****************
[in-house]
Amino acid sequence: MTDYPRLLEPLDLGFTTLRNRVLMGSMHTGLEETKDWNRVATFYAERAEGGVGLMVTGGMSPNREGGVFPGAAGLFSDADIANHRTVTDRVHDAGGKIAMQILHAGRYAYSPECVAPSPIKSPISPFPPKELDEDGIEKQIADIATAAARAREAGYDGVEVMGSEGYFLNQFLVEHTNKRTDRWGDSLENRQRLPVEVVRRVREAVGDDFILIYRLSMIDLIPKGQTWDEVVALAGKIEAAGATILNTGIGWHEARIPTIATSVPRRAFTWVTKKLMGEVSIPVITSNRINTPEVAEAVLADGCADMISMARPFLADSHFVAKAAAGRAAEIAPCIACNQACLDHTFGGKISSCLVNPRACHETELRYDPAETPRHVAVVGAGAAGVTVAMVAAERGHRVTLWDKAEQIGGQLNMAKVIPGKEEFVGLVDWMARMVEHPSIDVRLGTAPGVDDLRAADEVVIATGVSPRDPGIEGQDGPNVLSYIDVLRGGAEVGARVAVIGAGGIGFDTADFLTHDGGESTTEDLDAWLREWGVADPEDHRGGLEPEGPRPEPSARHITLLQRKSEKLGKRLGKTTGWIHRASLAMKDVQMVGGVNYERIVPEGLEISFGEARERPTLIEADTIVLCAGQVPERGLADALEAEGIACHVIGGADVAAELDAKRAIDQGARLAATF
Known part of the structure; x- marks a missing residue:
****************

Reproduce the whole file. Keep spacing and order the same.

[in-house]
Amino acid sequence: MTDYPRLLEPLDLGFTTLRNRVLMGSMHTGLEETKDWNRVATFYAERAEGGVGLMVTGGMSPNREGGVFPGAAGLFSDADIANHRTVTDRVHDAGGKIAMQILHAGRYAYSPECVAPSPIKSPISPFPPKELDEDGIEKQIADIATAAARAREAGYDGVEVMGSEGYFLNQFLVEHTNKRTDRWGDSLENRQRLPVEVVRRVREAVGDDFILIYRLSMIDLIPKGQTWDEVVALAGKIEAAGATILNTGIGWHEARIPTIATSVPRRAFTWVTKKLMGEVSIPVITSNRINTPEVAEAVLADGCADMISMARPFLADSHFVAKAAAGRAAEIAPCIACNQACLDHTFGGKISSCLVNPRACHETELRYDPAETPRHVAVVGAGAAGVTVAMVAAERGHRVTLWDKAEQIGGQLNMAKVIPGKEEFVGLVDWMARMVEHPSIDVRLGTAPGVDDLRAADEVVIATGVSPRDPGIEGQDGPNVLSYIDVLRGGAEVGARVAVIGAGGIGFDTADFLTHDGGESTTEDLDAWLREWGVADPEDHRGGLEPEGPRPEPSARHITLLQRKSEKLGKRLGKTTGWIHRASLAMKDVQMVGGVNYERIVPEGLEISFGEARERPTLIEADTIVLCAGQVPERGLADALEAEGIACHVIGGADVAAELDAKRAIDQGARLAATF
Known part of the structure; x- marks a missing residue: